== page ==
Beloved, faith does not automatically eliminate fear. Trust does not eliminate trials. In fact, who is trusting God more—the one who trusts Him when the sun is out and the birds are singing or the one who trusts God when it is dark and dismal and what is coming next is hidden from sight? Charles Spurgeon writes, “David … doesn’t claim to never be afraid … evidently, it is possible for fear and faith to occupy the mind at the same time.”
Here in verses 5 and 6, David describes the danger he faced in the city of Gath. He writes:
All the day long they injure my cause; all their thoughts are against me for evil. They stir up strife, they lurk; they watch my steps.
The word here for “lurk” can be translated, “to pant after,” like a dog on the hunt. David’s enemies are on his trail. They are dogging his heels, and he can’t escape them.
This is the perfect time to check the instrument panel for direction and guidance. David essentially gives us three principles from the instrument panel of God’s Word.
First, God’s Word is consistently appropriate for your troubles. David finds confidence and reassurance in the Word of God. He writes, “In God, whose word I praise, in God I trust,” and, “In God, whose word I praise, in the Lord, whose word I praise, in God I trust” (verses 4, 10-11).
Let me tell you, when the lights are out, when you are alone, when the pressure is on or the pain seems unbearable, there is nothing more helpful and reassuring and encouraging than God’s Word. In the darkness, beloved, you learn best that His Word is “sweeter … than honey” (Psalm 19:10).
Not only is God’s Word consistently appropriate for your troubles, but second, God Himself is consciously aware of your trials. In verse 8 David writes, “You have kept count of my tossings,” or wanderings. Imagine, every time David ran from one place to another, every time David tossed in his sleep, God knew all about it. Saul might have been on the lookout for David, but so was God.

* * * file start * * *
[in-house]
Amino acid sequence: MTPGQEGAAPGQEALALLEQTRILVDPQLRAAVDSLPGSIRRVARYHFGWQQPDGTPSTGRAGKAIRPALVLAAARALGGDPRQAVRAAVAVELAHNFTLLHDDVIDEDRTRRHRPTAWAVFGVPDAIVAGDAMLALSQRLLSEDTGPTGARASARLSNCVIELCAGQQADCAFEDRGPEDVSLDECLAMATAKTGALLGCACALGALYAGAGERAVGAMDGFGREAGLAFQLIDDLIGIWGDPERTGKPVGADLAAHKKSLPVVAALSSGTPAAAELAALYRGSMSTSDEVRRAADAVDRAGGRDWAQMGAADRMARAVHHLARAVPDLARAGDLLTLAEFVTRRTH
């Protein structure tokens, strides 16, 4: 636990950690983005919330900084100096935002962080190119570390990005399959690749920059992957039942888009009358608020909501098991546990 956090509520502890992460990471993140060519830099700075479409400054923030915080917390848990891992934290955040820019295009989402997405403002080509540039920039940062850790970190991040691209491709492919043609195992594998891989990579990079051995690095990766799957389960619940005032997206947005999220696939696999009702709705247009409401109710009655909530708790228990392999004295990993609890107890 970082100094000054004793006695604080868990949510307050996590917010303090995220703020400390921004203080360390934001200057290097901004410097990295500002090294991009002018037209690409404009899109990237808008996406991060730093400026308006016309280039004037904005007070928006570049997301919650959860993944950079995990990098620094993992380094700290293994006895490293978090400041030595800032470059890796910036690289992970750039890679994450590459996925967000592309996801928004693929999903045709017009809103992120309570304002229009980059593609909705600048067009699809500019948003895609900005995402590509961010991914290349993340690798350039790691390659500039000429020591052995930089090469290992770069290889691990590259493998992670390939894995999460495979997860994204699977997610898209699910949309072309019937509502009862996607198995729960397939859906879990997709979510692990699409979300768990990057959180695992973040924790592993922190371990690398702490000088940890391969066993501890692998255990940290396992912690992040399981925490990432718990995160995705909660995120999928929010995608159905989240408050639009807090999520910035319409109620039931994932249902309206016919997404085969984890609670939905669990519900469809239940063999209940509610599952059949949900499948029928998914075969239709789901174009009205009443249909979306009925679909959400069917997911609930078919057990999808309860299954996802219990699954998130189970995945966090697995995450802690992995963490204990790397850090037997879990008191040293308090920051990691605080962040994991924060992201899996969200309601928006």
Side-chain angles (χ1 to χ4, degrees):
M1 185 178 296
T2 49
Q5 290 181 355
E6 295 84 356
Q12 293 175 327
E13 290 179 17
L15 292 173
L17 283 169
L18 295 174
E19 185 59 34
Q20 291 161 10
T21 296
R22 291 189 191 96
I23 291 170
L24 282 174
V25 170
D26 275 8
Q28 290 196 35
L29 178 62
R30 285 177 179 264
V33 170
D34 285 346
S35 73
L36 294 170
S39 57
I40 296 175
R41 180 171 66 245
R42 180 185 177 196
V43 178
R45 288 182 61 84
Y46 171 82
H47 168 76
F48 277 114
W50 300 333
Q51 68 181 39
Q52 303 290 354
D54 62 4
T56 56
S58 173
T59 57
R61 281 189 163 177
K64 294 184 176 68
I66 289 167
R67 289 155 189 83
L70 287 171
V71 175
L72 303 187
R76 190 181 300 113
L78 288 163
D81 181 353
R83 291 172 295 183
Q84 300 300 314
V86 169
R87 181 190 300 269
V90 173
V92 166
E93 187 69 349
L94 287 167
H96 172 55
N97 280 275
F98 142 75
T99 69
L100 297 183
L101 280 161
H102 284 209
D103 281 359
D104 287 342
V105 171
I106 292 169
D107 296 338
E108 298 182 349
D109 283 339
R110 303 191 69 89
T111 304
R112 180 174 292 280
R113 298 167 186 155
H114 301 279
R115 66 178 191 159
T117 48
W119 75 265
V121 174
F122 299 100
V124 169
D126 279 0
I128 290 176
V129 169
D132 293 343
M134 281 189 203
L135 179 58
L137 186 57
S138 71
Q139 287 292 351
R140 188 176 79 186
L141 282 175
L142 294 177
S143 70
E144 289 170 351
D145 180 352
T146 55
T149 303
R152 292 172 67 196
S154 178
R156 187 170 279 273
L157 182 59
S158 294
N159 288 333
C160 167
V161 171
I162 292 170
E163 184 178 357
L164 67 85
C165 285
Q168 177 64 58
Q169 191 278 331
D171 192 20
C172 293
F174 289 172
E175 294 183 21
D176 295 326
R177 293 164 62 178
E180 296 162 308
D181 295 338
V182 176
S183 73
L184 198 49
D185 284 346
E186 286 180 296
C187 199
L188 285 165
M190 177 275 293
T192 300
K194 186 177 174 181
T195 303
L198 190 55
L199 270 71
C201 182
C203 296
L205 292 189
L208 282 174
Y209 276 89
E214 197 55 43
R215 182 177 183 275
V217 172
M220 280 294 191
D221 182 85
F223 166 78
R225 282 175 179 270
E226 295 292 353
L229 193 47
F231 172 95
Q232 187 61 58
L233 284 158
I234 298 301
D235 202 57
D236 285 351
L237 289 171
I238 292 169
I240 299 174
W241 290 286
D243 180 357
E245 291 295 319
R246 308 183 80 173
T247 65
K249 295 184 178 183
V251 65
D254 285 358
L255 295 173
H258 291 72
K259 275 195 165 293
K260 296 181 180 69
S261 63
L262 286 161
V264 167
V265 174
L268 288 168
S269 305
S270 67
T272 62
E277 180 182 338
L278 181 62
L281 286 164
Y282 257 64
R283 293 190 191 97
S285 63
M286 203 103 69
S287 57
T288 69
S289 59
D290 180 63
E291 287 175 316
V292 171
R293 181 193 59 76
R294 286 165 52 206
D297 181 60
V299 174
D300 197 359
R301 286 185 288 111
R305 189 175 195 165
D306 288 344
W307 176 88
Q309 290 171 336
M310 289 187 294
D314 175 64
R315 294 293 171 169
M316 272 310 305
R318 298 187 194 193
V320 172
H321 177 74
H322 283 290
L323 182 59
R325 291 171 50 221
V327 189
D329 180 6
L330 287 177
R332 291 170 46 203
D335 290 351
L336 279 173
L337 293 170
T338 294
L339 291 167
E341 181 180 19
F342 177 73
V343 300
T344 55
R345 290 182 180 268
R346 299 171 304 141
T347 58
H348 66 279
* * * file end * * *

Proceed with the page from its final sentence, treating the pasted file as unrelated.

Describe an experience in your life that has shown you that God is aware of your trials? What happened to make you aware of this truth?
There is a third principle here, and it’s this: God is compassionately attentive to your suffering. David writes in verse 8, “You … put my tears in your bottle.”
It wasn’t until I traveled to Israel that I discovered the ancient practice of tear bottles. In ancient days people kept delicate little containers to catch and store their tears. They were often made of glass, like a miniature vase with a little opening at the top that people would place at their cheeks to catch their tears.
It was normal at a funeral procession in Roman times for people to catch their tears in one of these little bottles and leave them at the graveside as a token of their sorrow.
What is interesting in this psalm is that God is the one holding the bottle to your cheek; God is the one collecting your tears. In fact, it’s God’s bottle. David writes, “You … put my tears in your bottle.”
In other words, God has not missed one tear you have ever shed, whether tears of sorrow, repentance, fear, hurt, rejection, or loss. God is personally involved; He is compassionately attentive to your suffering.
Beloved, you have never cried alone. God has been there all along. He knows every tear you have ever shed. And one day He will wipe every tear away. There is coming a day when God will, so to speak, empty your bottle of tears, and it will never be filled up again.
A hymn writer from many years ago wrote with that same confidence in his own personalized song—a hymn that echoes Psalm 56. It goes like this:
Fear not, I am with thee; O be not dismayed,
For I am thy God, and will still give thee aid;
I’ll strengthen thee, help thee, and cause thee to stand,
Upheld by my gracious, omnipotent hand.
The soul that on Jesus hath leaned for repose,
I will not, I will not desert to his foes;
That soul, though all hell should endeavor to shake,
I’ll never, no, never, no, never forsake!
 Michael Youseff, When the Crosses are Gone (Kobri, 2011), 19.
 “How Firm a Foundation,” from John Rippon’s Selection of Hymns (1787).